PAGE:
This story originally appeared in Common Dreams on June 30, 2022. It is shared here with permission under a Creative Commons license.
The US Supreme Court’s right-wing majority handed down a decision Thursday that will severely limit the Environmental Protection Agency’s authority to regulate planet-warming greenhouse gas emissions from power plants, undermining the federal government’s ability to combat the climate emergency.
In its 6-3 ruling in West Virginia v. Environmental Protection Agency, the court’s conservative justices—led by Chief Justice John Roberts—sided with the coal industry and Republican attorneys general who sought to curb the EPA’s rulemaking powers under the Clean Air Act.
Amy Coney Barrett, one of the right-wing justices who voted to limit the EPA’s authority, has family ties to the fossil fuel industry.
Liberal Justice Elena Kagan warned in her dissent that “today, the court strips the Environmental Protection Agency of the power Congress gave it to respond to ‘the most pressing environmental challenge of our time.'”
Environmentalists echoed that assessment in response to the majority’s decision, the latest in a series of hugely consequential rulings over the past week. According to EPA data, the power sector represents the United States’ second-largest source of greenhouse gas emissions.
“A Supreme Court that sides with the fossil fuel industry over the health and safety of its people is anti-life and beyond broken,” said John Paul Mejia, national spokesperson for the youth-led Sunrise Movement. “We cannot and will not let our Democratic leaders standby while an illegitimate court and the GOP goes on the offense.”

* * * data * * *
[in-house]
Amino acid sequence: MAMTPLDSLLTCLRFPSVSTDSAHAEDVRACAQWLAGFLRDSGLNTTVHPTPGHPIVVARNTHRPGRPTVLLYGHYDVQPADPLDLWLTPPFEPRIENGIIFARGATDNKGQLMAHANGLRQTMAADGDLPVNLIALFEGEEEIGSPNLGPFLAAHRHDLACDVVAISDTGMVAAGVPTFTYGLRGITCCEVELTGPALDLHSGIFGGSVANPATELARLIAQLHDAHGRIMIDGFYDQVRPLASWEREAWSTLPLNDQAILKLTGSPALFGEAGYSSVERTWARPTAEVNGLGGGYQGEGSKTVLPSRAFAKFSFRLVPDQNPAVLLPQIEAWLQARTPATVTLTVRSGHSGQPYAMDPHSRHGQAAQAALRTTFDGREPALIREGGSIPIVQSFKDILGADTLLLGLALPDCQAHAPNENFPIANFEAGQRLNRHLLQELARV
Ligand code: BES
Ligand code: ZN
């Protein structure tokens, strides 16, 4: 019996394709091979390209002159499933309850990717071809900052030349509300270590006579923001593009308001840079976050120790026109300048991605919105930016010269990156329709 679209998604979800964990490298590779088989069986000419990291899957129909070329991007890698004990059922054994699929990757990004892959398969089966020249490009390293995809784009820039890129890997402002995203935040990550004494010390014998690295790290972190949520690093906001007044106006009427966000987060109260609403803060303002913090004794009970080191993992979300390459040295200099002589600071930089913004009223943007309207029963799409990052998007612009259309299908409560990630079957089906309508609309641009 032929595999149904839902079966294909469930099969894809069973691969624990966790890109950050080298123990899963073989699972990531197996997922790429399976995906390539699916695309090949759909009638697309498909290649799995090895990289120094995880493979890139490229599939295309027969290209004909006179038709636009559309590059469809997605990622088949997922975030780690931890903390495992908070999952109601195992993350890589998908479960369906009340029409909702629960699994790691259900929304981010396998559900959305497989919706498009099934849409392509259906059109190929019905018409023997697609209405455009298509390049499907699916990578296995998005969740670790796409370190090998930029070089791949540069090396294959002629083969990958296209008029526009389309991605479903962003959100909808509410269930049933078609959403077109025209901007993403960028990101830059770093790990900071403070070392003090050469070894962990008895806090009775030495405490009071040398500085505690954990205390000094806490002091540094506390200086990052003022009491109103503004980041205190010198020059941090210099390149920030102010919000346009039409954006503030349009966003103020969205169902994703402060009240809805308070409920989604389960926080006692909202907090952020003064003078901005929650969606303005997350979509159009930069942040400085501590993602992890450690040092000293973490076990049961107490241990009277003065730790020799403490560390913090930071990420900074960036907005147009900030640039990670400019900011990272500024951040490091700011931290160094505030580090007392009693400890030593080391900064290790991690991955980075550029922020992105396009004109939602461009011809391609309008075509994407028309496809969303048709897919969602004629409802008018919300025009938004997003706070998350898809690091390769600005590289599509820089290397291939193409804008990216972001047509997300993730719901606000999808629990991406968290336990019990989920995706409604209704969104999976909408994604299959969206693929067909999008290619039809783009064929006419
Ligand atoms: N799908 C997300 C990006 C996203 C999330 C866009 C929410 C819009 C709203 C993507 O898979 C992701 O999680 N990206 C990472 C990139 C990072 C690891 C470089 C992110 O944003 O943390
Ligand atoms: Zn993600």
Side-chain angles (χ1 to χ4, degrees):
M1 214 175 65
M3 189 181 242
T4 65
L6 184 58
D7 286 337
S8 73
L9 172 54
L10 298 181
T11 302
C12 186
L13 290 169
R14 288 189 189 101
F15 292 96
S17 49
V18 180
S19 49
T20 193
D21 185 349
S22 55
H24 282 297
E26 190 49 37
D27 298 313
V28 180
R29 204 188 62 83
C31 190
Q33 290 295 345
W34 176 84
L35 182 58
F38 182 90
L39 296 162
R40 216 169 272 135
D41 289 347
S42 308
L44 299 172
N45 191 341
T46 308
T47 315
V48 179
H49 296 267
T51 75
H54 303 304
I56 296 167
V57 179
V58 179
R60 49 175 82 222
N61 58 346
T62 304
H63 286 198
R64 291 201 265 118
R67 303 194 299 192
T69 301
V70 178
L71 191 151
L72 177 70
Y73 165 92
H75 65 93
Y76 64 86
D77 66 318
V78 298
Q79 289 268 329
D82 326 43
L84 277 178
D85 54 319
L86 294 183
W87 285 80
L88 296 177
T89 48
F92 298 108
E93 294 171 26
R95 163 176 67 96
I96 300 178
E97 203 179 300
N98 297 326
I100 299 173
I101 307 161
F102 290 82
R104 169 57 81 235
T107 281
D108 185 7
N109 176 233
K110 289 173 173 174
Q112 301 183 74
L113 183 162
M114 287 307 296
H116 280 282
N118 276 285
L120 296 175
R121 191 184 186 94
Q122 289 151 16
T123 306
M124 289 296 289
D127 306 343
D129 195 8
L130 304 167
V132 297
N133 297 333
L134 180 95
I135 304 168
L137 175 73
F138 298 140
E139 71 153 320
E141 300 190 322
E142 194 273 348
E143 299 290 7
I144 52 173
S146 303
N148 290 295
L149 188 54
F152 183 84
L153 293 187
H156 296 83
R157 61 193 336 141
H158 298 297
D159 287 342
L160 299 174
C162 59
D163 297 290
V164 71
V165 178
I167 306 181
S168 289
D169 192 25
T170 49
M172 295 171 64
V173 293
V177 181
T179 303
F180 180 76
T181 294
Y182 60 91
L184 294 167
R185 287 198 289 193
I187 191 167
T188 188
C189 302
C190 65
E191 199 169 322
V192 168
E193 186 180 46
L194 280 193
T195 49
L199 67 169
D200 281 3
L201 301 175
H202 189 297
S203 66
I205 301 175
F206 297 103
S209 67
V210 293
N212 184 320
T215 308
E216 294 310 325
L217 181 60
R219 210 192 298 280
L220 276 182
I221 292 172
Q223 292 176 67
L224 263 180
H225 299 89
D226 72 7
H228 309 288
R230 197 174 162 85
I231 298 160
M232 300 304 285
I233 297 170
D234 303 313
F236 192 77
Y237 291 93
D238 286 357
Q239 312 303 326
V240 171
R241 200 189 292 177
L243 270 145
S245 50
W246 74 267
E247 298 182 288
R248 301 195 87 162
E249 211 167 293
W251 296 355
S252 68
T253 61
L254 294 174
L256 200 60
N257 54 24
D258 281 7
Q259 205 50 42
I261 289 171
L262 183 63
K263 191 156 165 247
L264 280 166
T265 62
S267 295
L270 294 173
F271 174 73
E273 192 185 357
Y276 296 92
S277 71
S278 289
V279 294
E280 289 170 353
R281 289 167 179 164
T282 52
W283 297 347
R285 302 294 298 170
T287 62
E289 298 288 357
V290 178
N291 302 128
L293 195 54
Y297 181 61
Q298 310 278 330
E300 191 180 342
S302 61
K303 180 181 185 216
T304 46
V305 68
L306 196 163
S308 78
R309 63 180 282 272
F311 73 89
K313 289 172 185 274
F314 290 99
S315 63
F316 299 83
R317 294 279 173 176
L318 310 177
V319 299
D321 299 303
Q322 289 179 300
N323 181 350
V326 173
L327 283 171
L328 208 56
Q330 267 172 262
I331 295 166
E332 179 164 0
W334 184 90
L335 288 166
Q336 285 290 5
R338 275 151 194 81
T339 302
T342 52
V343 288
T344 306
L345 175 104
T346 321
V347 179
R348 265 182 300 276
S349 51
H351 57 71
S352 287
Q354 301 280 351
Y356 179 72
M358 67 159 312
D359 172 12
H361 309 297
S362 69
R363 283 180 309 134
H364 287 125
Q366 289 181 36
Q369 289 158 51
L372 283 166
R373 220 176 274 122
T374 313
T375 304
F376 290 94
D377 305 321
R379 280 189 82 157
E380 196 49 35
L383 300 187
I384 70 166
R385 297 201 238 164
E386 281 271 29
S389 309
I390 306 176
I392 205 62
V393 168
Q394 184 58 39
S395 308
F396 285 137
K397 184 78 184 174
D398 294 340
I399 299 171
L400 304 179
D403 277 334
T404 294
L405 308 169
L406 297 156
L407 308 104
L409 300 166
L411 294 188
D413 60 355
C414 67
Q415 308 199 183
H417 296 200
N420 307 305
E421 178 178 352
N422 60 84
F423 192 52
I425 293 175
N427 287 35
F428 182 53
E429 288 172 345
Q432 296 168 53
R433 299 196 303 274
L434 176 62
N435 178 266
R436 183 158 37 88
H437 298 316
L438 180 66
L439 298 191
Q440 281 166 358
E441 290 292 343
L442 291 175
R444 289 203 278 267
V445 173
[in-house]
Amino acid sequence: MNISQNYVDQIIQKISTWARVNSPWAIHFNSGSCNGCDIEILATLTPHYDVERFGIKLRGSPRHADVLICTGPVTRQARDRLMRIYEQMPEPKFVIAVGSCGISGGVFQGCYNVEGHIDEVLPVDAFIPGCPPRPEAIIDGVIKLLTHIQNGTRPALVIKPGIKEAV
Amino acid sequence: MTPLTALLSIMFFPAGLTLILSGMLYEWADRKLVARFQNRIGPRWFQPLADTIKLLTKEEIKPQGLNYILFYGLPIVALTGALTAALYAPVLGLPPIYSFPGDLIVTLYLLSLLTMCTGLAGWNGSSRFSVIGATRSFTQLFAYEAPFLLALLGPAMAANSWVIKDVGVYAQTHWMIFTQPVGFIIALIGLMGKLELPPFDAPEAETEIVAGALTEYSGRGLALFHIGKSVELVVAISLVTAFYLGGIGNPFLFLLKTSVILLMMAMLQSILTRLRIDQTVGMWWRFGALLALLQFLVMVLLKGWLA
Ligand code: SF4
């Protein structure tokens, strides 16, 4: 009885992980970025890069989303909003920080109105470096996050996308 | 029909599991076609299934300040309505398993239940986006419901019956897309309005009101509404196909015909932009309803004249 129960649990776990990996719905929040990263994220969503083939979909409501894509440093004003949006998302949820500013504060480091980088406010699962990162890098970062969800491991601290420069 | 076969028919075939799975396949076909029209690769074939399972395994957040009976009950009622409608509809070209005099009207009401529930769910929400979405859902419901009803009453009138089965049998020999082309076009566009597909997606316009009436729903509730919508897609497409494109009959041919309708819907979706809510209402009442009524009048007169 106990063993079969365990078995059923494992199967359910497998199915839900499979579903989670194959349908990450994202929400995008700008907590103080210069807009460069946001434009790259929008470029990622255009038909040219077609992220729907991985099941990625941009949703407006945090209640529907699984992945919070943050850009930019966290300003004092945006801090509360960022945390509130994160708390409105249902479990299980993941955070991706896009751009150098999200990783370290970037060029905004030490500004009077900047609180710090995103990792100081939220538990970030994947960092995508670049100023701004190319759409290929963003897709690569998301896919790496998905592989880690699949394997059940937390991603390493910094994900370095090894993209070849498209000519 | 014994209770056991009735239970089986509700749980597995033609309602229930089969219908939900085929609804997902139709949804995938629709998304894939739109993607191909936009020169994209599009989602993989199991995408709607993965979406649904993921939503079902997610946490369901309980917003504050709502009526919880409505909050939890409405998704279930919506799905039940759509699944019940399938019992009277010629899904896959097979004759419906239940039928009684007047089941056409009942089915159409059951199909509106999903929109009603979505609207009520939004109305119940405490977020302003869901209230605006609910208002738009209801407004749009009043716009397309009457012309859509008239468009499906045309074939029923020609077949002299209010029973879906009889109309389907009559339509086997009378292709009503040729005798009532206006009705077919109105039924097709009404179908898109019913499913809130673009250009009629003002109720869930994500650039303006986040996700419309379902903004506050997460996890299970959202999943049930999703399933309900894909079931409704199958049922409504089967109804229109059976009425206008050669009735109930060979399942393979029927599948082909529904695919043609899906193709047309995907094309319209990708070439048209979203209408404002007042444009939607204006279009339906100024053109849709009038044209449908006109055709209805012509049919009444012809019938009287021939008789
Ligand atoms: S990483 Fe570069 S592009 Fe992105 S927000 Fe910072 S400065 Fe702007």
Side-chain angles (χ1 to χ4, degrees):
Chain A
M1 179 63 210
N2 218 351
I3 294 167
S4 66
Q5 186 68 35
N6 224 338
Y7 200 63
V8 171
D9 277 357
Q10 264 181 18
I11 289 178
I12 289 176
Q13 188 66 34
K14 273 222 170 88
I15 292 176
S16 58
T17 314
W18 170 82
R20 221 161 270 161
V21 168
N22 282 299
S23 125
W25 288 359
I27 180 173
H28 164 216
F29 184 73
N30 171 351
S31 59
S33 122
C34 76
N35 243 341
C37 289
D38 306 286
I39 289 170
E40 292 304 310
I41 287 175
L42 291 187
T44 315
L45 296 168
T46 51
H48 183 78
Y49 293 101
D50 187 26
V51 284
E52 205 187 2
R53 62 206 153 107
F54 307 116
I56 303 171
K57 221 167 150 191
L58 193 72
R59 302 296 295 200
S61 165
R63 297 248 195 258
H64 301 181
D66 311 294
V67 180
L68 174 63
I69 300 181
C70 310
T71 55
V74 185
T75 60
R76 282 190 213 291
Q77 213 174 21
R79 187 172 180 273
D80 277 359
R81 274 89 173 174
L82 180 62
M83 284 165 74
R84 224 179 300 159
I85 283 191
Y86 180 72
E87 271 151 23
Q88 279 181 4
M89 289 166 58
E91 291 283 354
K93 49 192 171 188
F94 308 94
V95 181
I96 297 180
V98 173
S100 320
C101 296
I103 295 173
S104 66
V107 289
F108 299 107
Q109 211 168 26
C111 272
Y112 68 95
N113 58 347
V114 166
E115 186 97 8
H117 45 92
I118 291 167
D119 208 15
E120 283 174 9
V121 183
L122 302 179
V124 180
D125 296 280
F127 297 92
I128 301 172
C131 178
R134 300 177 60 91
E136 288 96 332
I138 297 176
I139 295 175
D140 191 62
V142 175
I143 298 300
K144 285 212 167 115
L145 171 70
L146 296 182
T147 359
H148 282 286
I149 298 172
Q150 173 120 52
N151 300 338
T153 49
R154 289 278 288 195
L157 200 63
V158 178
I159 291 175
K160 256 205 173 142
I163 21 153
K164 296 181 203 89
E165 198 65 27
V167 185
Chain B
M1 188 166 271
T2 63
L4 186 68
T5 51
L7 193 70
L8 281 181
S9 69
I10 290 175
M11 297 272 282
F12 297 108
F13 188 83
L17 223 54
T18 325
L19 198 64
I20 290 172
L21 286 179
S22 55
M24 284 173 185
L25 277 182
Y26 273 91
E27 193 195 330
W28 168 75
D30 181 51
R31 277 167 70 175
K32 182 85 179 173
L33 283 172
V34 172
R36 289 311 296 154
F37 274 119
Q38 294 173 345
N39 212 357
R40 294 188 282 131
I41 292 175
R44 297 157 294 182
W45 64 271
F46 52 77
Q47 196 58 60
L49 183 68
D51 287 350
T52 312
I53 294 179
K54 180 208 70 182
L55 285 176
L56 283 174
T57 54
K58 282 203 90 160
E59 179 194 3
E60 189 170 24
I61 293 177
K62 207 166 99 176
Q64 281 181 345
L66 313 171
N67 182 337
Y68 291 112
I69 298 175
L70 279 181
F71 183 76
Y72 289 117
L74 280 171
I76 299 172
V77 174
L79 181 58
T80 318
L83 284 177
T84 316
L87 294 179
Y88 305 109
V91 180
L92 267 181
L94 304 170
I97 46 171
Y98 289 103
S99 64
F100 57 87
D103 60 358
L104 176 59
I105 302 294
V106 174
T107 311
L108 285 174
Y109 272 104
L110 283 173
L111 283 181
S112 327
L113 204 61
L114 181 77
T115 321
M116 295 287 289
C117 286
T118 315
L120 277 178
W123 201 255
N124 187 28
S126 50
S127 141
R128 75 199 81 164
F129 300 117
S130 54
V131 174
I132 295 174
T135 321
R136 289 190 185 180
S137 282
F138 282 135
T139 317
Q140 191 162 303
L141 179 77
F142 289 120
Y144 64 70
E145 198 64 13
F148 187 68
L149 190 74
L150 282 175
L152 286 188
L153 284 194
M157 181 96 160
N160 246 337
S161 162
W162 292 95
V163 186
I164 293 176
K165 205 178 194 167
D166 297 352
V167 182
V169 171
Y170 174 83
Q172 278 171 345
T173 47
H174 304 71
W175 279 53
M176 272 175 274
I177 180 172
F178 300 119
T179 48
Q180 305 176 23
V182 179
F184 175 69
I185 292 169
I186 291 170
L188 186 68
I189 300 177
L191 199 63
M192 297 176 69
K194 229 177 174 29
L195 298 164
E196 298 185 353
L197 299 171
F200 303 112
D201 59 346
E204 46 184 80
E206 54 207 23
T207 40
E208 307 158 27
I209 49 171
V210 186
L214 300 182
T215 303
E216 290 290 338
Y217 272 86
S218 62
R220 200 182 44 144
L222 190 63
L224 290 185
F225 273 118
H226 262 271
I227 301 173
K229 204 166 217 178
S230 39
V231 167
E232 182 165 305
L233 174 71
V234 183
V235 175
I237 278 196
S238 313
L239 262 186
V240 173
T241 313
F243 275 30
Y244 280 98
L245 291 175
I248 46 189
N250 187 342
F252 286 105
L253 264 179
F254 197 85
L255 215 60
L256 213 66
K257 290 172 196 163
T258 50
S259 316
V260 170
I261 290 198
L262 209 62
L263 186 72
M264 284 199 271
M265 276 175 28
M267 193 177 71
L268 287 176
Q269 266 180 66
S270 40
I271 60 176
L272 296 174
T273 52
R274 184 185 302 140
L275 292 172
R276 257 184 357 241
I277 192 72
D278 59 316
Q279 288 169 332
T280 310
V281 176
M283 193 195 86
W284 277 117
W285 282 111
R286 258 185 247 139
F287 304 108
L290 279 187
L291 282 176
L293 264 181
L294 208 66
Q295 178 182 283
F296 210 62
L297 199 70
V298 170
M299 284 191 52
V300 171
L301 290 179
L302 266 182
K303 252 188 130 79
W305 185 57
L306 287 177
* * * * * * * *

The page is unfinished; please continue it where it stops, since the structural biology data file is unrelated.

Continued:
Wenonah Hauter, executive director of Food & Water Watch, said in a statement that the court’s ruling is “part of a broad-based assault on the ability of regulators to protect our air, water, and climate.”
“Long-sought by corporate polluters, industry-backed think tanks, and politicians who serve monied fossil fuel interests, this decision strikes at the heart of federal experts’ ability to do their jobs,” added Hauter, who stressed that “while this ruling intends to hamstring the federal government’s ability to regulate dangerous emissions, it does not signal the end of climate action.”
“The climate movement must and will continue to pressure agencies and elected officials at the local, state, and federal levels to enact policies that ensure a swift reduction in climate pollution and an end to the fossil fuel era,” Hauter said. “The Supreme Court will not stand in the way of the fight for a livable planet.”
The court’s ruling spells serious issues for President Joe Biden’s vow to put the US on a path to 100% clean electricity by 2035. Meanwhile, the administration is moving ahead with oil and gas leasing on public lands, drawing backlash and legal action from climate groups.
The People vs. Fossil Fuels coalition, made up of more than 1,000 US-based environmental groups, called on Biden to use his still-existing authority to “declare a climate emergency and stop new fossil fuel leases, exports, pipelines, and other infrastructure today.”